Chytrid Systematics and PEET

     In 1998 Chytridiales was the largest (about 80 genera and 500 species) of five chytrid orders and, as pointed out by James et al., the order most in need of taxonomic reorganization. Based on 18S sequence data, four separate clades were identified within the order Chytridiales (James et al. 2000). These were the Chytridium clade, the Lacustromyces clade, the Nowakowskiella clade, and the Rhizophydium clade.

      Our PEET group was initially located at three universities, with each site specializing in a different area and providing access to equipment and training needed by members at other sites. PEET members Sharon Mozley and David Porter at the University of Georgia studied the Nowakowskiella clade, working out generic definitions by following development at the light microscopic level, checking zoospore ultrastructure in the TEM, and carrying out sequencing of the 18S and other genes. At the University of Alabama in Tuscaloosa, Martha Powell, Pete Letcher, and Jimmy Chambers worked on the Chytridium clade, as well as developing a new method of DNA isolation from agar cultures. They also worked on developing chytrid-specific primers for the sequencing of mitochondrial genes. As part of the three site partnership, UGA will work on developing primers for genes such as RNA polymerase B and sequencing cultures sent to them by the other two sites and vice versa with UA creating primers for mitochondrial sequences and sequencing cultures sent to them by UGA and UMaine. At the University of Maine. Joyce Longcore explored the diversity of the Chytridiales by searching for and studying isolates that did not cluster within the major chytridialean clades. She supported the work at UGA and UA by leading tutorials on collection, isolation, and other techniques for PEET graduate students and others who had interests in chytrids, and by supplying cultures from her culture collection.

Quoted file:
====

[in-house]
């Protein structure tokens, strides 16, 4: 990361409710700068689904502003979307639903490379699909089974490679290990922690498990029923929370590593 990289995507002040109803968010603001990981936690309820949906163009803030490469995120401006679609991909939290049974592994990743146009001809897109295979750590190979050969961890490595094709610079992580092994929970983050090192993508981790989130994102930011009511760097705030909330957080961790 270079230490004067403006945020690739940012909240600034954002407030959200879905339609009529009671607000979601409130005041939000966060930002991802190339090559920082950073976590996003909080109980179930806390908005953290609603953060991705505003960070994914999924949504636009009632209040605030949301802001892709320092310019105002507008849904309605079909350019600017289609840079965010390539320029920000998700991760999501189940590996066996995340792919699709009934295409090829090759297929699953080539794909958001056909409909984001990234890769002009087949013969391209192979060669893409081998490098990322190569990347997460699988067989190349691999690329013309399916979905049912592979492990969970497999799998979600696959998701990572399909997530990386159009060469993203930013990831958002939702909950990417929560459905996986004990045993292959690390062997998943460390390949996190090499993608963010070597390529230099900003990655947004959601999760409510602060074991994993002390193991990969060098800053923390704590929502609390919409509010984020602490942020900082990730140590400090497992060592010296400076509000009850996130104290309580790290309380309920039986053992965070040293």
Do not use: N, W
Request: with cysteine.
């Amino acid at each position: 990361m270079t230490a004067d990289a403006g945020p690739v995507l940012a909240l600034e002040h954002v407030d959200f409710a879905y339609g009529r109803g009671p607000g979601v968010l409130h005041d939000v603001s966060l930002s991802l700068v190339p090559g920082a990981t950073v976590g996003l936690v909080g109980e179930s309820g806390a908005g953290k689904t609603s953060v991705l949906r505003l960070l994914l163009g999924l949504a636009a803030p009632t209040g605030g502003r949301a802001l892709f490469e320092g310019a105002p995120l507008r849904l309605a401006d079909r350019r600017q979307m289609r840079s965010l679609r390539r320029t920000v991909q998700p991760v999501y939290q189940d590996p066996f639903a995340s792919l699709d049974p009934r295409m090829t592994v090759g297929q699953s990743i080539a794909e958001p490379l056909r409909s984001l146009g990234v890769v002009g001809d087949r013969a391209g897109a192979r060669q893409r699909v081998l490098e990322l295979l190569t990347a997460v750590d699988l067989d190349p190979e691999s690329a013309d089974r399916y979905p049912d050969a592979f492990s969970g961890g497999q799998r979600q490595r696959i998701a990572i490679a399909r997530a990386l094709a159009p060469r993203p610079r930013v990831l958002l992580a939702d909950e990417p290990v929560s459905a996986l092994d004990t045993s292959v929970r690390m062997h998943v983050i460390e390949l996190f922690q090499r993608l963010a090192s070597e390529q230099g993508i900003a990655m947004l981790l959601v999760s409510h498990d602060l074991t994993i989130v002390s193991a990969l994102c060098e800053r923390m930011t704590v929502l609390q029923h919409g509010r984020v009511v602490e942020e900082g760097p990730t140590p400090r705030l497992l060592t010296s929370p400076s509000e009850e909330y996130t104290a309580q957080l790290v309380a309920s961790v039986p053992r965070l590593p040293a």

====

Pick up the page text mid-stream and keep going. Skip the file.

Each link in the list below will take you to an individual page for each clade, which has now been described as an order. A short description of each order is given along with a list of genera, images, and references.

References: